The field trip participants were supposed to meet at 9 am sharp in the picnic area near the entrance to the state forest, and the driving rain slowed us down plus we’d lost time pulling over so Dave could take the front seat, so we were cutting it close, but we made it. I expected to see at least a dozen cars there before us, but no—the parking area was empty. Well, empty of cars. There were plenty of birds in the trees, and now the rain was just a steady drizzle, so Mary and I jumped out. Despite the rain, we tallied 25 species, including a stunning Black-billed Cuckoo—a lifer for both Mary and me—not far from the car. I ran to tell Dave, but he’d seen one of those before. He stayed hunkered down with his arms folded across his chest and a frown on his face. 

Black-billed Cuckoo

Mary and I had a lovely time in the picnic and parking area while Dave stayed in the car, now complaining because he didn’t bring anything to read. The drizzle kept up, but the temperature was pleasant and there was no wind. It wasn’t the best birding ever, but was far from the worst. 

This being 1976, there was a phone booth by the office, not far away, so after a couple of hours, it occurred to me to call Russ at home. He said maybe 10 minutes after I left, someone from Audubon had called to tell me the field trip had been cancelled. I had the Audubon newsletter with the weekend’s itinerary and directions to Warren Woods State Park, Warren Dunes State Park, and the Grand Mere Dunes. Mary and I would have seen a LOT of new birds in those spots, and we both wanted to forge ahead, but somehow spending the next 30 or more hours with a cranky third wheel didn’t seem bearable, so we headed home. 

Mary Bouchard and I did some more birding together in the next couple of weeks, but then Russ and I moved to Madison, Wisconsin, early in June and I lost track of her.  I just now googled Dave and he was easy to find, but I doubt he’d want to hear from me any more than I’d want to hear from him. He did teach me important lessons about saying no and about doing my best to be adaptable when birding with others. I can’t help but think about him as well as Mary Bouchard whenever I see or even think about a Black-billed Cuckoo—one of the saving graces of an unforgettable lost weekend. 

Black-billed Cuckoo

Sunday, June 27, 2021

How do woodpeckers learn to slam their faces into trees?

"Gepetto," a woodpecker I raised, figuring out that food grows in trees.

Last week I got an email from a good friend of mine named Scott. He writes about seeing: 

a little woodpecker doing what it does, hammering at a small tree. We mused about whether woodpeckers hammer out of nature or nurture, or trained nature. The question on the table was: if a woodpecker were raised by chickadees and never saw another woodpecker, would it still instinctively hammer?”

That is a great question with a complicated answer. Baby woodpeckers hatch in an earlier stage of development than chickadees or most other birds, with no down feathers at all. Their parents spend all day gorging themselves on whatever insects they can find and then returning to the nest to feed the babies by regurgitation. During my time as a rehabber, I raised two baby flickers and one baby Pileated. The flickers were fairly feathered out nestlings when I got them—their tree had broken right at the cavity in a storm. The parents were still returning and caring for the nestlings but then a crow discovered the open nest and carried off at least one nestling. As it was returning to take another, the people who lived there climbed a ladder, pulled out the surviving nestlings, and brought them to me. The baby Pileated I raised had apparently just fledged when it was hit by a car in Two Harbors—this may have been its maiden voyage. Its wing was sprained but there were no breaks.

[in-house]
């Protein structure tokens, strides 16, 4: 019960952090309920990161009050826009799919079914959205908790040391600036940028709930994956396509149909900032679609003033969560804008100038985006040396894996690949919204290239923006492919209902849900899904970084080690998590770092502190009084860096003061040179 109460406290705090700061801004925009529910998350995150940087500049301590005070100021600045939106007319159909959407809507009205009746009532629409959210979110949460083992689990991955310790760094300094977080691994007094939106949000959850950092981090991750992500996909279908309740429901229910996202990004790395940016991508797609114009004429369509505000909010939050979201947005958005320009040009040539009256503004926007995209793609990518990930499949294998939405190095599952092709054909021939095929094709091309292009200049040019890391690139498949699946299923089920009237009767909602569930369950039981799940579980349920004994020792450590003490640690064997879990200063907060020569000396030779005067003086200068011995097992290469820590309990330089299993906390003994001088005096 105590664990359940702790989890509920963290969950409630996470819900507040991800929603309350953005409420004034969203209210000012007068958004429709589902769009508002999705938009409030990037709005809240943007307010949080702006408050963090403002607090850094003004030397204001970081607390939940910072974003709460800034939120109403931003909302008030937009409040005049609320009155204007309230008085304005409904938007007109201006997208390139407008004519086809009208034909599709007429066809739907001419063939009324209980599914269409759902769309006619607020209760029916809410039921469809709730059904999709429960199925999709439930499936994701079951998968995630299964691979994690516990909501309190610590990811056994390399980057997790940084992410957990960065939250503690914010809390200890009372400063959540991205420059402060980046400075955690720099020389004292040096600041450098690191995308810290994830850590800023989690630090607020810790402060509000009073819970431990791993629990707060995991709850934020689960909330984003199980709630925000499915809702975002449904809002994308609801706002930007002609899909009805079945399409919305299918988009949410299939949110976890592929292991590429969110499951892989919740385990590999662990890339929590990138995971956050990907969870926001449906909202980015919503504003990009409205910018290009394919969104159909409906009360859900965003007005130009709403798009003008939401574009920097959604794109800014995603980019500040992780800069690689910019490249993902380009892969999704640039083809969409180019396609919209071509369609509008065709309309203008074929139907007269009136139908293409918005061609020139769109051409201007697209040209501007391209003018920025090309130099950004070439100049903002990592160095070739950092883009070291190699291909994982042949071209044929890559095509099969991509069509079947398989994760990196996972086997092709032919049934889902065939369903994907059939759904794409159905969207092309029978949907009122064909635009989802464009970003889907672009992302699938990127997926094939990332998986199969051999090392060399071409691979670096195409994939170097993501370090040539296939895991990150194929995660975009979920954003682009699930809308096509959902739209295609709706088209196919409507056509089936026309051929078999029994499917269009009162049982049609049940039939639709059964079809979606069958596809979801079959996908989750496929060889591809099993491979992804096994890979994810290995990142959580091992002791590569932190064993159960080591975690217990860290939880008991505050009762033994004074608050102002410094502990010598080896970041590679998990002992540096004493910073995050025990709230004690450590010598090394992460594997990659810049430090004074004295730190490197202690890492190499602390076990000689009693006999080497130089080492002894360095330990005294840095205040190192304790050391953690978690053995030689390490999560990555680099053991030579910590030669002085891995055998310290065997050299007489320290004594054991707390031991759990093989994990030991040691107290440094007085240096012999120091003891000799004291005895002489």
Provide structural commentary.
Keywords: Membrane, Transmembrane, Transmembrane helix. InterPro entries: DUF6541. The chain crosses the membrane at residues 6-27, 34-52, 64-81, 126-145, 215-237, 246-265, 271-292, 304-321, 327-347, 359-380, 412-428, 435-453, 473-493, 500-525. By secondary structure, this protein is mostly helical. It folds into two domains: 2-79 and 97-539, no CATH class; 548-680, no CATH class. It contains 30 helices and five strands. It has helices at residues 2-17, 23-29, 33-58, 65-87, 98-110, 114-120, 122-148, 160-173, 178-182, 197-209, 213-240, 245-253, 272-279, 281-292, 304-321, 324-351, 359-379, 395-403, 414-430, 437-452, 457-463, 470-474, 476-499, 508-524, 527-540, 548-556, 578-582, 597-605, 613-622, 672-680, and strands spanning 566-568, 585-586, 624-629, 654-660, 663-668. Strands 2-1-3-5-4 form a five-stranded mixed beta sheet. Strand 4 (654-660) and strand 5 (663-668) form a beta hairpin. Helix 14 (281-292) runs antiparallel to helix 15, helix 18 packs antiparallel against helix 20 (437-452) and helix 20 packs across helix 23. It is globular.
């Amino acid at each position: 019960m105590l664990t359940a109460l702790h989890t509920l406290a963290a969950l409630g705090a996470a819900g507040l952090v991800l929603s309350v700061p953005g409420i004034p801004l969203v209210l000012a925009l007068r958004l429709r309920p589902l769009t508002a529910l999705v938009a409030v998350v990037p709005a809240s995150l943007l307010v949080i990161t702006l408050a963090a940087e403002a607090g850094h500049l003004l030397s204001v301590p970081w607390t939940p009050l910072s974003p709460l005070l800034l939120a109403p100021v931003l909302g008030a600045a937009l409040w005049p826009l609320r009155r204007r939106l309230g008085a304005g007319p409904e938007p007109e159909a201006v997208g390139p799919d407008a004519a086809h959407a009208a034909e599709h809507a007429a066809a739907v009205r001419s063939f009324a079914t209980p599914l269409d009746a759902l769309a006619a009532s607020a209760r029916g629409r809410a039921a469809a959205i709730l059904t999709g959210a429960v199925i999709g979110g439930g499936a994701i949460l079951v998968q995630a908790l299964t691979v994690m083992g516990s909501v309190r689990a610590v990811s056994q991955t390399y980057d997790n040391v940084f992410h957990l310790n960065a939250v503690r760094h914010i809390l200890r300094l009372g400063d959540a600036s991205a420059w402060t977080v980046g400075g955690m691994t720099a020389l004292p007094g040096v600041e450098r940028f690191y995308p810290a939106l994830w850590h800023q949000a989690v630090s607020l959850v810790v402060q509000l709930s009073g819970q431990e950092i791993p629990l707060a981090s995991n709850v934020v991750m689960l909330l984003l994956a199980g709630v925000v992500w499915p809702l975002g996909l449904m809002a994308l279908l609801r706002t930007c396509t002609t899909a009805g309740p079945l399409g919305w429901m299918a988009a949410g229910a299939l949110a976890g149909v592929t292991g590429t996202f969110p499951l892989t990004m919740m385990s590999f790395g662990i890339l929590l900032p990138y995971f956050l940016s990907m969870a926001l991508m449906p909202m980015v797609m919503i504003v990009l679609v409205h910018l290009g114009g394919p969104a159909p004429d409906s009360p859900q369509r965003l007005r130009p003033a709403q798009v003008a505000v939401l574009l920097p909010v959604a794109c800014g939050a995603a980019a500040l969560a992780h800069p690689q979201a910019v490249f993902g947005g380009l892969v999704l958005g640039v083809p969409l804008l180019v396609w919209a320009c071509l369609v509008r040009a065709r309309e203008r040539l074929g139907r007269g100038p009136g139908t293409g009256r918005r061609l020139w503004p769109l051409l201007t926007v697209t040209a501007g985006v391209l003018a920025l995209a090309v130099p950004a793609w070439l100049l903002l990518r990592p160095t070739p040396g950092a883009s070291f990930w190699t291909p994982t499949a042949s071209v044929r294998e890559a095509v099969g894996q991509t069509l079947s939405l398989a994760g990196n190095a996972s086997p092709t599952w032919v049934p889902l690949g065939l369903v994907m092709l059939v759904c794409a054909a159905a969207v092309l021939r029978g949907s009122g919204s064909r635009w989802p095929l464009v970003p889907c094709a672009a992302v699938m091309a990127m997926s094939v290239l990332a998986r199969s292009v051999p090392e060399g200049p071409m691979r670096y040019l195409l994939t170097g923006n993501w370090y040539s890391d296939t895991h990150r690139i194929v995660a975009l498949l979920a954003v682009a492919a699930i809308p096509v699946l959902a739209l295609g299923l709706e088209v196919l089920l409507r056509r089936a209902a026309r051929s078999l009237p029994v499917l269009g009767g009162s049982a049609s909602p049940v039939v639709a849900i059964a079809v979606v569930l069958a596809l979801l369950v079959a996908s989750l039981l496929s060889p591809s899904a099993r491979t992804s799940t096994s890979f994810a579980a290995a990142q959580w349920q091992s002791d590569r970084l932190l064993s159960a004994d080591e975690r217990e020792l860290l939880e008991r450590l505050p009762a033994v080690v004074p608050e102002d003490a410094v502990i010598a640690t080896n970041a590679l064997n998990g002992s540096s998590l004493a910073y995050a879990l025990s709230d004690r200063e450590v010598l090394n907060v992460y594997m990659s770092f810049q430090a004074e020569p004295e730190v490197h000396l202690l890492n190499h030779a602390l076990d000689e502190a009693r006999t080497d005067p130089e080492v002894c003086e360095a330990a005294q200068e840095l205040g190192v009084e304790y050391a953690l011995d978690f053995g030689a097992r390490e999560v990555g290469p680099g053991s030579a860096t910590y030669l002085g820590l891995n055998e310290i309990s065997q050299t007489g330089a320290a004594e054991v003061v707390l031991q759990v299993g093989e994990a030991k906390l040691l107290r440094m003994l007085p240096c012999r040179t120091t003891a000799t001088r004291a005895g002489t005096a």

Both flickers and pileateds specialize on ants as well as on insects hidden under the bark of trees. It would be inefficient to carry ants via their beaks—they’d have to make an awful lot of separate trips to the nest from a good anthill, so instead, the parents swallow all the ants they can on a single trip and then feed the nestlings via regurgitation. There was no way I could obtain the precise mixture of natural food in the huge quantities their parents could feed them, so I substituted a mixture of mashed mealworms and a commercial powdered hand-feeding mix. I added enough water to make it the consistency of pancake batter and fed it via an eyedropper. They guzzled it down from the time I got the birds until they were independent.  

Northern Flickers

Northern Flickers

I’ve watched woodpeckers of other species, less dependent on ants, at a few nests, most especially the Red-bellied Woodpeckers that nested in my boxelder in 2016. I have photos of adults carrying insects in their beak on June 17, a full 22 days before I got a photo of a well-feathered nestling sticking its head out of the nest, so those chicks must not be fed by regurgitation. 

Male Red-bellied Woodpecker
June 17, 2016
Nesting Red-bellied Woodpeckers
June 20, 2016
Red-bellied Woodpeckers bringing food items to nest
June 29, 2016
Hello, world!
July 8, 2016